As we roll down the grade and slow for the Clear Creek intersection a HUGE bobcat sprang across the road directly in front of me. It was a beautiful animal, clearly a bobcat, but looked like it weighed close to 50 or 60 pounds. I could see the unique face and bobbed tail...really wish I could've got a photo of that.
We stopped for a few minutes at the entrance to Clear Creek.
Son and I have great memories of riding enduros at Clear Creek, and it's very frustrating that it's been closed to off-road riding. There's simply no good reason for it, and I'm hopeful the closure can be overturned...
We continued on south, towards Coalinga. As we wound out of the mountains and onto the edge of the Central Valley through the oil fields we noticed what looked like the Eye of Sauron (via google image search)
Chevron has built a 100 acre array of mirrors that focus the sun onto a small area high up in a tower to generate steam that is then used to help recover oil. (photo via google image search)
The photo doesn't give any sense of how bright the collector is--it is painfully bright, and as you approach it your eyes can't help but look at it...weird stuff out here.
We made it to Coalinga, hoping to find a cafe, worried that being New Year's day nothing would be open. Whew, Perko's was open. We pulled in, frozen, and tromped inside. Slowly thawed out, ordered big breakfasts, and drained cup after cup of hot coffee. As we headed out to the bikes to move on it started to rain. And then hail. Crap. Oh well, let's ride. By the time we'd made it out of town the rain stopped and as we headed south and east it gradually warmed up. In order to save time we cut south down I-5 for a few miles and then headed east towards Bakersfield and Lake Isabella, our destination for the day. The little 250 did just fine, holding a steady 70+ mph in 6th gear despite the 50 tooth rear sprocket.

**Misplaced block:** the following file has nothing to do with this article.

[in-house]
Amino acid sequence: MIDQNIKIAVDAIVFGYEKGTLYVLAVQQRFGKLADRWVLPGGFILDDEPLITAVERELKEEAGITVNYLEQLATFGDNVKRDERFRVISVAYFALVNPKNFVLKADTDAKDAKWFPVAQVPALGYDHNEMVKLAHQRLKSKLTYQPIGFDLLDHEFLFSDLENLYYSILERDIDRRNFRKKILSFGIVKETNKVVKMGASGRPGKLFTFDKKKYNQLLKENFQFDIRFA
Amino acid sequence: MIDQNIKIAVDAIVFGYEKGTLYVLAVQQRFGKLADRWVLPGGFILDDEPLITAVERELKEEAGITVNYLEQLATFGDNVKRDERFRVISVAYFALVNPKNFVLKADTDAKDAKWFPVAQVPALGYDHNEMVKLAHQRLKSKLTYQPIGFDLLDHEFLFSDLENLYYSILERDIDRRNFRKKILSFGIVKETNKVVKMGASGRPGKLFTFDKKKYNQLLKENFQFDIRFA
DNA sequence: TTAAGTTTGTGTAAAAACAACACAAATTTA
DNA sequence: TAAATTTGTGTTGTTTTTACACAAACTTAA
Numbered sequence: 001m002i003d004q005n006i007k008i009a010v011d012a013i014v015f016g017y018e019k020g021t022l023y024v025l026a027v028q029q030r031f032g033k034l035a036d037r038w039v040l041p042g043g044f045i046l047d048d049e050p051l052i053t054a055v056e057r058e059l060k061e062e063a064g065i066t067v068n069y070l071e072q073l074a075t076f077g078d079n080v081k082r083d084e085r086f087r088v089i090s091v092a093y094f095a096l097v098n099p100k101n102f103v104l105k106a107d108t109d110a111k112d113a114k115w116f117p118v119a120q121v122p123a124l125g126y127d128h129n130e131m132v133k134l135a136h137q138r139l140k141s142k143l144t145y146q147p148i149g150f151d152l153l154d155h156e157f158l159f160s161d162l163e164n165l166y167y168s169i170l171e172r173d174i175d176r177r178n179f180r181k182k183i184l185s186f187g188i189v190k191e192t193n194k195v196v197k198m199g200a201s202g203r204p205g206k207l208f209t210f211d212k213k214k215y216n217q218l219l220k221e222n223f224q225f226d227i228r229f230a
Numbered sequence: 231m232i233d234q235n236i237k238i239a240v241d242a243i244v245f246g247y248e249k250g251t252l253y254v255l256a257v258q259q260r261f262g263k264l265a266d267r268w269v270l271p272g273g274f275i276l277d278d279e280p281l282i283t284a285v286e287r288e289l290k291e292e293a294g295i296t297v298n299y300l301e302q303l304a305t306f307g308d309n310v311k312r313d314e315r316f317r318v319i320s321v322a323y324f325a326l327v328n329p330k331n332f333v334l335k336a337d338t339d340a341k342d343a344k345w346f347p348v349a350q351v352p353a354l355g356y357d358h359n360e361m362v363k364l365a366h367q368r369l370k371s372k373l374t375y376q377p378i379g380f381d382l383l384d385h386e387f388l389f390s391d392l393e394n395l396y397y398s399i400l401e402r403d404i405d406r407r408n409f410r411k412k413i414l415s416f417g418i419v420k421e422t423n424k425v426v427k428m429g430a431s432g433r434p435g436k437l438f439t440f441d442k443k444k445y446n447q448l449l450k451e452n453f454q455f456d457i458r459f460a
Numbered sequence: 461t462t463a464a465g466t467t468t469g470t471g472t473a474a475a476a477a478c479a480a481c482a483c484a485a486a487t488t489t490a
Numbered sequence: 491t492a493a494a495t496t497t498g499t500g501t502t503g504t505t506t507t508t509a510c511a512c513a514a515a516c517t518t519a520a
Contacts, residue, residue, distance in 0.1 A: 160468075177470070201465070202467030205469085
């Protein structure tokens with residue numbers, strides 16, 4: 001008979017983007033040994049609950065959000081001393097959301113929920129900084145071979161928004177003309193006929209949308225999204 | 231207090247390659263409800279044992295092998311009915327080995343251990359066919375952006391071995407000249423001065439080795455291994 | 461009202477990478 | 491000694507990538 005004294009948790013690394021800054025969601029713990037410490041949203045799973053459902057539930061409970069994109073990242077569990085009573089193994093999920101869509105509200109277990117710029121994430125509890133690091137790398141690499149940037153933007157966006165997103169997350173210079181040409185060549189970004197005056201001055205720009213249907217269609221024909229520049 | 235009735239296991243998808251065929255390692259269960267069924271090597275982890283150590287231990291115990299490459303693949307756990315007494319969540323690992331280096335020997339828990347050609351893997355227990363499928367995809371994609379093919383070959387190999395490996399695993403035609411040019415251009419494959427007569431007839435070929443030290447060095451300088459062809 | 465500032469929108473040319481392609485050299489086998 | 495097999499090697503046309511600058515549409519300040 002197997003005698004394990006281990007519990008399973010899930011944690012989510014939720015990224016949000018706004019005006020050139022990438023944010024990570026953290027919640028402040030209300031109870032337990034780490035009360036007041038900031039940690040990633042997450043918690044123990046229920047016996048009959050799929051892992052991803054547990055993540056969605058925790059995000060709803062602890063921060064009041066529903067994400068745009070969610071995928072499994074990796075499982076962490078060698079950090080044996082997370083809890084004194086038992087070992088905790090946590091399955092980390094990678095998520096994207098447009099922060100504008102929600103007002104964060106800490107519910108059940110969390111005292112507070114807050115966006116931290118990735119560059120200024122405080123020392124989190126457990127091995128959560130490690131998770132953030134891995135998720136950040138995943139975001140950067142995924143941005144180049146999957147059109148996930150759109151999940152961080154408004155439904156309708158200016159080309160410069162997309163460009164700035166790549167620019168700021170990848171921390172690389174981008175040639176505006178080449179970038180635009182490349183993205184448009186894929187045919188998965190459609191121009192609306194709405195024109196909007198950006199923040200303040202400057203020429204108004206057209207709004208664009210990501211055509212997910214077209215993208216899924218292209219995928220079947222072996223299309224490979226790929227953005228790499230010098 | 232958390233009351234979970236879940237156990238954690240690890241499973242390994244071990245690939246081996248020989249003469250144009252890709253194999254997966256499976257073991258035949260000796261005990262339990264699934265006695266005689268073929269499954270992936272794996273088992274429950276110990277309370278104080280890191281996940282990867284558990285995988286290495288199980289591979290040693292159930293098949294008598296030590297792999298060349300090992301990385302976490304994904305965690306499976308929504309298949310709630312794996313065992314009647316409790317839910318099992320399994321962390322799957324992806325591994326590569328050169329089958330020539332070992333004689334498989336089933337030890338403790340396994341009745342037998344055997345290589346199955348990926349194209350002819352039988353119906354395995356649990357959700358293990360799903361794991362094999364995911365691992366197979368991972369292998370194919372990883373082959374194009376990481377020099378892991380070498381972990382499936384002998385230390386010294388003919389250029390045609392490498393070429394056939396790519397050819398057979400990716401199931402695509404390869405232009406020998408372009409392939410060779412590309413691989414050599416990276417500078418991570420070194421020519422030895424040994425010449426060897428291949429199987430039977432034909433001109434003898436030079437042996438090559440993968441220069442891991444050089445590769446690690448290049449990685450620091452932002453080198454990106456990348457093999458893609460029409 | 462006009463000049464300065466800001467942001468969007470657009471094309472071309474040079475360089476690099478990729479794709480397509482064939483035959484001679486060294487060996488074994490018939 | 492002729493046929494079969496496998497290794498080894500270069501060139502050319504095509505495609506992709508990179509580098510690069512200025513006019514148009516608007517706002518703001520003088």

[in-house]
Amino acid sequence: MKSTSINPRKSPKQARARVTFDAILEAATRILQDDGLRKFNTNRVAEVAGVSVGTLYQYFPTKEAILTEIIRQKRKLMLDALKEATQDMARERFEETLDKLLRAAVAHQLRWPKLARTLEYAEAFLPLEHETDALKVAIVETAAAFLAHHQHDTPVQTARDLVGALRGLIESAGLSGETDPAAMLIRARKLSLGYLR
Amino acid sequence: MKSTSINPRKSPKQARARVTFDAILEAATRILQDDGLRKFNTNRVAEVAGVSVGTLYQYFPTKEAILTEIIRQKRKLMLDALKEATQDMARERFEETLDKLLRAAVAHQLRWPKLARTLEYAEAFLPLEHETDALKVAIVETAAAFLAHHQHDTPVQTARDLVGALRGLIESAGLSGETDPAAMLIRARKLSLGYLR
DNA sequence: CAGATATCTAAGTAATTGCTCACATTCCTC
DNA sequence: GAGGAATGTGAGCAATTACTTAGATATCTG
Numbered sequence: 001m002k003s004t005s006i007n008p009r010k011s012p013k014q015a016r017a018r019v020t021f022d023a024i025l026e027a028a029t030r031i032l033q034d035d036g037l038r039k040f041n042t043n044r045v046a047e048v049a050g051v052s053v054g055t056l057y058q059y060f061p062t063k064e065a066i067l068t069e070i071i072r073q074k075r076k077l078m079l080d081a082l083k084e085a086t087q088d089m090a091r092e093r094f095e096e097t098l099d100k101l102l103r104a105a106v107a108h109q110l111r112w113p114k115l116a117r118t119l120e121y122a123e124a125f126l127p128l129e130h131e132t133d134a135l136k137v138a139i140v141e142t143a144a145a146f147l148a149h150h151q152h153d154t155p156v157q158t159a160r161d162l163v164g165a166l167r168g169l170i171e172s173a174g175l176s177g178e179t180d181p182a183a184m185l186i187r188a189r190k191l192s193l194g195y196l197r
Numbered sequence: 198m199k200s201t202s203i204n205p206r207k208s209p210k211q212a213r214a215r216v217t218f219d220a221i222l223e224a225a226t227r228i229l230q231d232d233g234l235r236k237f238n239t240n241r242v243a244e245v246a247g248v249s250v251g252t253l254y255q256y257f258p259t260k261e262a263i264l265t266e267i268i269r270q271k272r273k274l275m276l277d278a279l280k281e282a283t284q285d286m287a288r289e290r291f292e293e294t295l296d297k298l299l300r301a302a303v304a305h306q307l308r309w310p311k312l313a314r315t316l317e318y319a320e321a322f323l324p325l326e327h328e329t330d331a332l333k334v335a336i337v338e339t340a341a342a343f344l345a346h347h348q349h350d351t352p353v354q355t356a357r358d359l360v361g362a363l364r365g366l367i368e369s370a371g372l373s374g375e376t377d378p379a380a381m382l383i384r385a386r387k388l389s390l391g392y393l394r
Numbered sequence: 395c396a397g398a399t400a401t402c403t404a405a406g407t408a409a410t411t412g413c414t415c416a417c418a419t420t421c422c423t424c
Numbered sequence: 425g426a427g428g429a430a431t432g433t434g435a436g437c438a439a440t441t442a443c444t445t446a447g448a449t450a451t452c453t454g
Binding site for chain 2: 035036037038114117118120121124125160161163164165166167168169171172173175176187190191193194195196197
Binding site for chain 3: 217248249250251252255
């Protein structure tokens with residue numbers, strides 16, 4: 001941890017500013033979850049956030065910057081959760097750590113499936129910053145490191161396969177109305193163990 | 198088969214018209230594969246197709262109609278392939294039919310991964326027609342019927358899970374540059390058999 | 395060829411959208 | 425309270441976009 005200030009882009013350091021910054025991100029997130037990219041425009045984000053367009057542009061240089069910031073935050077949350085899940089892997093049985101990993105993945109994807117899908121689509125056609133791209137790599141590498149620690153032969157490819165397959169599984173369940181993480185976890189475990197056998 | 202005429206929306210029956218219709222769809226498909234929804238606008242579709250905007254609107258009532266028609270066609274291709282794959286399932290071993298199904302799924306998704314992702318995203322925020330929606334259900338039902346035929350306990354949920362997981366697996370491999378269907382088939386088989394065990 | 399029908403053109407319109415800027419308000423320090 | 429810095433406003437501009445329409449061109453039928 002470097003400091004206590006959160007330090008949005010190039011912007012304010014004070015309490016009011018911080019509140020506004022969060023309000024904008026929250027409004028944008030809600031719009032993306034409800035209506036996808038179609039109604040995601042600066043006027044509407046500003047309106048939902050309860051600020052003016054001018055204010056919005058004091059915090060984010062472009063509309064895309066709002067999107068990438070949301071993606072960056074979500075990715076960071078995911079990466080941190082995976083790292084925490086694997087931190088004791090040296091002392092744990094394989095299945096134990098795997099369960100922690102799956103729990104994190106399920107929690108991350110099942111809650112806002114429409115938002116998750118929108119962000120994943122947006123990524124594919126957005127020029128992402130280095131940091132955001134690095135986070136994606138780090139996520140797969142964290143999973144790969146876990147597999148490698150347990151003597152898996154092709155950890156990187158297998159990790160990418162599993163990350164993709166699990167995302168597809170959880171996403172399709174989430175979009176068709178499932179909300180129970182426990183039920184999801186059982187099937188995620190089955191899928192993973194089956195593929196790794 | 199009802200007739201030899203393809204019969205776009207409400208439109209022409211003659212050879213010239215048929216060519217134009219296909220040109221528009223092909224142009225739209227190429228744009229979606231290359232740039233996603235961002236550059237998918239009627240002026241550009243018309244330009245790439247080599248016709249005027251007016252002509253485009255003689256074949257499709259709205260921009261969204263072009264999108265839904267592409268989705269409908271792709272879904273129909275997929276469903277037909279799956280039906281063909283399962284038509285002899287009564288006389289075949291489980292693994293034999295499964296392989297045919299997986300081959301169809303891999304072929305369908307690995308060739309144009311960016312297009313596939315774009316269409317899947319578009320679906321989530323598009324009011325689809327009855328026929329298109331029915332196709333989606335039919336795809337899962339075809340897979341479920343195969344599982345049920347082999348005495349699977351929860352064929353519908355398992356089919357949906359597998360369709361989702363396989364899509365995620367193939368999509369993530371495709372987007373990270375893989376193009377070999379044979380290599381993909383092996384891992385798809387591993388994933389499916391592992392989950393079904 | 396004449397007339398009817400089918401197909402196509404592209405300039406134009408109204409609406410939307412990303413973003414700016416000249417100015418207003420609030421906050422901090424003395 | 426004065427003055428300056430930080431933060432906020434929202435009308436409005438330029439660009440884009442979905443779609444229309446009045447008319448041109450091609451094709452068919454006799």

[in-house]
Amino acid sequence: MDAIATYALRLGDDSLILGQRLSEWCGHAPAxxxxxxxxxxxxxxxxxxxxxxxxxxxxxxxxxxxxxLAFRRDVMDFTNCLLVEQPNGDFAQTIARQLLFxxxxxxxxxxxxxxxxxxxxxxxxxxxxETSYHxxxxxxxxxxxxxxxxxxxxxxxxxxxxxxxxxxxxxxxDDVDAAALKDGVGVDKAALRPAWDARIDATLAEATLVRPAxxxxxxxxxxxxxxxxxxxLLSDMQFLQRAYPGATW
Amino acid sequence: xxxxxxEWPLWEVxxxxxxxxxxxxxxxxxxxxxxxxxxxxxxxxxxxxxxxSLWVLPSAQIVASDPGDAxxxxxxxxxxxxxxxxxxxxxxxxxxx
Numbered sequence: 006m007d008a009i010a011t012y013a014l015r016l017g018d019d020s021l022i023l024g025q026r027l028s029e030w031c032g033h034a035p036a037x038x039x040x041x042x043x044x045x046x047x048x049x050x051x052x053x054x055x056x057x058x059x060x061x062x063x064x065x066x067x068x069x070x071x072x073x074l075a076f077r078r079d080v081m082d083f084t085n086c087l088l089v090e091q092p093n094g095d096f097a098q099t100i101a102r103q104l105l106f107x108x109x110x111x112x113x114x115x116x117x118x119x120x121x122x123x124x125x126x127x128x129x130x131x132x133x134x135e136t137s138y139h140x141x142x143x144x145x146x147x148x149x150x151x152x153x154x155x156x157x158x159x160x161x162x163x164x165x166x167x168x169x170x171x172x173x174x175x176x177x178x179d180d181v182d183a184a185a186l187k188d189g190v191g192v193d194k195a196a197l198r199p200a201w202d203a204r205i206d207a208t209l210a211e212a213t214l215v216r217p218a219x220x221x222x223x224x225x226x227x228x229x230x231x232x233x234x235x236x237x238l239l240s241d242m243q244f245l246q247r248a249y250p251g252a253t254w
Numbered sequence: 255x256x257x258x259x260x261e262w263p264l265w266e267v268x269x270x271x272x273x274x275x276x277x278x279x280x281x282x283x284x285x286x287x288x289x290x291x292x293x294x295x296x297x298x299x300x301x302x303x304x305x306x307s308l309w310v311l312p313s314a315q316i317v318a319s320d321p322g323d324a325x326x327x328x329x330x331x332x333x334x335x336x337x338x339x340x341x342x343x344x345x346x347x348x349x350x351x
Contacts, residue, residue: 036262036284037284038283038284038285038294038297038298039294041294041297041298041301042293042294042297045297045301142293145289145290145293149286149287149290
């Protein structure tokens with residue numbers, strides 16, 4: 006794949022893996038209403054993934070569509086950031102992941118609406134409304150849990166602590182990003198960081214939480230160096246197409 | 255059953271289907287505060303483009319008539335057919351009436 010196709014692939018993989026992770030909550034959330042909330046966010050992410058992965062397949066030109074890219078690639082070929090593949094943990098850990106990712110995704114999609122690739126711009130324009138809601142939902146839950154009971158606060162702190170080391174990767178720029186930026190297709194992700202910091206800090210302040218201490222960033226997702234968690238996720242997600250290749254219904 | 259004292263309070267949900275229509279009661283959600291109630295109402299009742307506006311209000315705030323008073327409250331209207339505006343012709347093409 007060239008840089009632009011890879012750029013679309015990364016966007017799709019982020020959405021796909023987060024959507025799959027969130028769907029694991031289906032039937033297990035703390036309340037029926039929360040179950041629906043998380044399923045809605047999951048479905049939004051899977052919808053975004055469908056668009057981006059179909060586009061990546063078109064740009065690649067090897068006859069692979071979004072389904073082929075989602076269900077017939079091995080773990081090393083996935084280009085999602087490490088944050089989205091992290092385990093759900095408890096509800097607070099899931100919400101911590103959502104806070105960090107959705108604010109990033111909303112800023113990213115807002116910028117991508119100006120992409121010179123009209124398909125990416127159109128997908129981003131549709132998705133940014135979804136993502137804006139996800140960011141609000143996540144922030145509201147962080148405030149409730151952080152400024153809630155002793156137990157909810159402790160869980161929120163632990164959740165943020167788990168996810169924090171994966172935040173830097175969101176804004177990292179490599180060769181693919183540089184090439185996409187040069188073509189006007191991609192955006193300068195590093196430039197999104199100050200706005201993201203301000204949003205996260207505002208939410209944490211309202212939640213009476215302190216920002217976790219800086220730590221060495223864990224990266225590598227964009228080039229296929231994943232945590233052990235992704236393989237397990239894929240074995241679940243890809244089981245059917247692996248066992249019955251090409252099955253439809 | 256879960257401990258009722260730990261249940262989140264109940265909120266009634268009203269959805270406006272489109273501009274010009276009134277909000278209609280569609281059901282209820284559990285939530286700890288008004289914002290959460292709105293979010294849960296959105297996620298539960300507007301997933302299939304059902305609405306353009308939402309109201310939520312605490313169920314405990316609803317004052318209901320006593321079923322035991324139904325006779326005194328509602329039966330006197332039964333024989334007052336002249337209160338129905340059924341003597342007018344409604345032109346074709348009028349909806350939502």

Stats for the day:
We made it to the hot springs area and set up camp.
Rock climbers were nearby and Bryn joined in while I talked to the locals to get the lowdown on exactly where these mythical springs were located. It's kind of a sensitive issue, so I'll just say it is close to Miracle Hot Springs, on a dirt road along the south side of the Kern River.
Here's a couple clues, and a thank you to the Stewards of the Sequoia.
Not too hard to find if you keep your eyes open. We made dinner--chicken/garlic sausage with sauteed peppers and onions on french rolls, some oranges and cookies, and hot tea. Nothing could beat that meal...put on our headlamps and headed down the trail for the pools.
No photos again, but it was a pretty magical place. Pools were built into the edge of the river fed by the natural hot springs. You're sitting in the hot water, hearing the Kern river rushing by your feet, watching the stars fade as the moon rises. We met an amazing assortment of people while we were there, everyone full of stories and experiences from the oil derrick worker showing us iPhone photos of his beautiful Columbian bride (just hadn't quite figured out how to get her to the US) that first evening to a very thoughtful and gracious Native American couple who were traveling nurses and had lived some fascinating experiences who we met the next morning. It was a great time. We felt very lucky.